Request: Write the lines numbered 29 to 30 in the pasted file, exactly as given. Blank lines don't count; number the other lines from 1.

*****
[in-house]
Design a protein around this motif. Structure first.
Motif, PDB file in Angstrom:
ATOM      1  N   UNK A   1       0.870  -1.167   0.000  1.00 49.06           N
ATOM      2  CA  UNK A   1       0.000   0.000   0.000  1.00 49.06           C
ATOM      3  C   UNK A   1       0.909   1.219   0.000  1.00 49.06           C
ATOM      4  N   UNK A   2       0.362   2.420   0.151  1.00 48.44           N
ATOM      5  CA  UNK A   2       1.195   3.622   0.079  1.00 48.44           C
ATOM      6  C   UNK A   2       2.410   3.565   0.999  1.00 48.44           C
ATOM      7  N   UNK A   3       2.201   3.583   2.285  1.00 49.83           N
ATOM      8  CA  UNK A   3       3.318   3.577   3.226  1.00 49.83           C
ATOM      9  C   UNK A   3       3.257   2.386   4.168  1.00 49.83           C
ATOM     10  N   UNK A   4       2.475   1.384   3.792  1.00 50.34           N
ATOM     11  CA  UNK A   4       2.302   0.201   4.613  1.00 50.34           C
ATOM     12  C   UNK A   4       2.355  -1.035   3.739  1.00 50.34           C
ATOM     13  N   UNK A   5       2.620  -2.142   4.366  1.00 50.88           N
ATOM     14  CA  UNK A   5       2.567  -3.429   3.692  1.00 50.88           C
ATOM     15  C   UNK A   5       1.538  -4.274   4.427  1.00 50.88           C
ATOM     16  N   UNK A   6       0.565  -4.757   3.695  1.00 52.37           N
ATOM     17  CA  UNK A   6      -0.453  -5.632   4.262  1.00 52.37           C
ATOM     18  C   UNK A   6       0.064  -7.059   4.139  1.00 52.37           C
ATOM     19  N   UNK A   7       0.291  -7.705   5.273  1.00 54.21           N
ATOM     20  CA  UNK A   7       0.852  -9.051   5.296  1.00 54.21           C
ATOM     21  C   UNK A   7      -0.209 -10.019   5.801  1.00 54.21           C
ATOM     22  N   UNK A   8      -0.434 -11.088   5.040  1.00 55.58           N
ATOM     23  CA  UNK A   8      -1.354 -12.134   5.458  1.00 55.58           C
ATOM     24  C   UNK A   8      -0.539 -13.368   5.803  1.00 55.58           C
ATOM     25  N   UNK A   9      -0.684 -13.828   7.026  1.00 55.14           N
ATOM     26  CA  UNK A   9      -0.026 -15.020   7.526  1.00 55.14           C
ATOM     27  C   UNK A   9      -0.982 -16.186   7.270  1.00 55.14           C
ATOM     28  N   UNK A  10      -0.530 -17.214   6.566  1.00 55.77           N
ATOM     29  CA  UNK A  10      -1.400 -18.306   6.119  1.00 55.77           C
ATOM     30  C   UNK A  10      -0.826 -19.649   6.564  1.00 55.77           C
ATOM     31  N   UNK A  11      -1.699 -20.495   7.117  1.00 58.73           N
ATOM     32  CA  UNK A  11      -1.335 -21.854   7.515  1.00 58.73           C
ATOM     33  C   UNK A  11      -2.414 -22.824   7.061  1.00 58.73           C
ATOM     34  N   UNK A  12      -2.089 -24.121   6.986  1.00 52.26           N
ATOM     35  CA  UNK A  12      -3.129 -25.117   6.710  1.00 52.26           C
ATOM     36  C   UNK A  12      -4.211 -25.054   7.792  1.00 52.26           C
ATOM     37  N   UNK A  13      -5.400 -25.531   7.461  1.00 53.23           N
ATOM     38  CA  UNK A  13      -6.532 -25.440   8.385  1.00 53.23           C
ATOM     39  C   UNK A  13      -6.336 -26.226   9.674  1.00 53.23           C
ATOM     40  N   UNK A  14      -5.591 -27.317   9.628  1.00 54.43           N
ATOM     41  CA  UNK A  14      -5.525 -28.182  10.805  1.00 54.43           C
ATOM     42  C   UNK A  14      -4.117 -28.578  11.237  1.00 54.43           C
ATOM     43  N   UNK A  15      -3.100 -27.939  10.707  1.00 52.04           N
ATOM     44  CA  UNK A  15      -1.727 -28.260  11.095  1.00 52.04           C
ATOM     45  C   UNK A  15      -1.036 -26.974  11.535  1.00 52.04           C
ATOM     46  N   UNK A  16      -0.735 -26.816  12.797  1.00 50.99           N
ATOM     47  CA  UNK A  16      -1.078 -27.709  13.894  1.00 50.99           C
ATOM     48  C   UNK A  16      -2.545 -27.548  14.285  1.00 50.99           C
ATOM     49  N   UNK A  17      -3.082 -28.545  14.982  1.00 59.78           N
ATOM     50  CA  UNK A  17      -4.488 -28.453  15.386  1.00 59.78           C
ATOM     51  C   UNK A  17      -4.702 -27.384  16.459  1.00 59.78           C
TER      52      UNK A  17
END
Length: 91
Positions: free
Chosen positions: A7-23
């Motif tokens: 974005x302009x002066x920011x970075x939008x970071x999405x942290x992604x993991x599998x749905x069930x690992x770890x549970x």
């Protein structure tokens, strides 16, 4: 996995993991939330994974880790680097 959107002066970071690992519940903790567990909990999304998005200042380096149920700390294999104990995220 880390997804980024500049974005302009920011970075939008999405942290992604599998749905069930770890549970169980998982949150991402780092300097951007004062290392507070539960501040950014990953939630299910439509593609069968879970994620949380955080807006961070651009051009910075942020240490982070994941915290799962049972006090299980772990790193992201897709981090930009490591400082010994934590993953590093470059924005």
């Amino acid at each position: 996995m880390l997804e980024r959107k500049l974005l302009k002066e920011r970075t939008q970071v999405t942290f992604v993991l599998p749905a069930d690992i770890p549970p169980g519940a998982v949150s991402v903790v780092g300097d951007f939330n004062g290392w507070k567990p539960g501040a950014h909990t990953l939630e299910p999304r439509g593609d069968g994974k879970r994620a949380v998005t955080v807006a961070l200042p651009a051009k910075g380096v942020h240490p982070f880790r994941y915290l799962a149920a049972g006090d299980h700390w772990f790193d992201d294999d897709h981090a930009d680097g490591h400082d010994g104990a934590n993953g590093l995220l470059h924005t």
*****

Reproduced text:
ATOM     26  CA  UNK A   9      -0.026 -15.020   7.526  1.00 55.14           C
ATOM     27  C   UNK A   9      -0.982 -16.186   7.270  1.00 55.14           C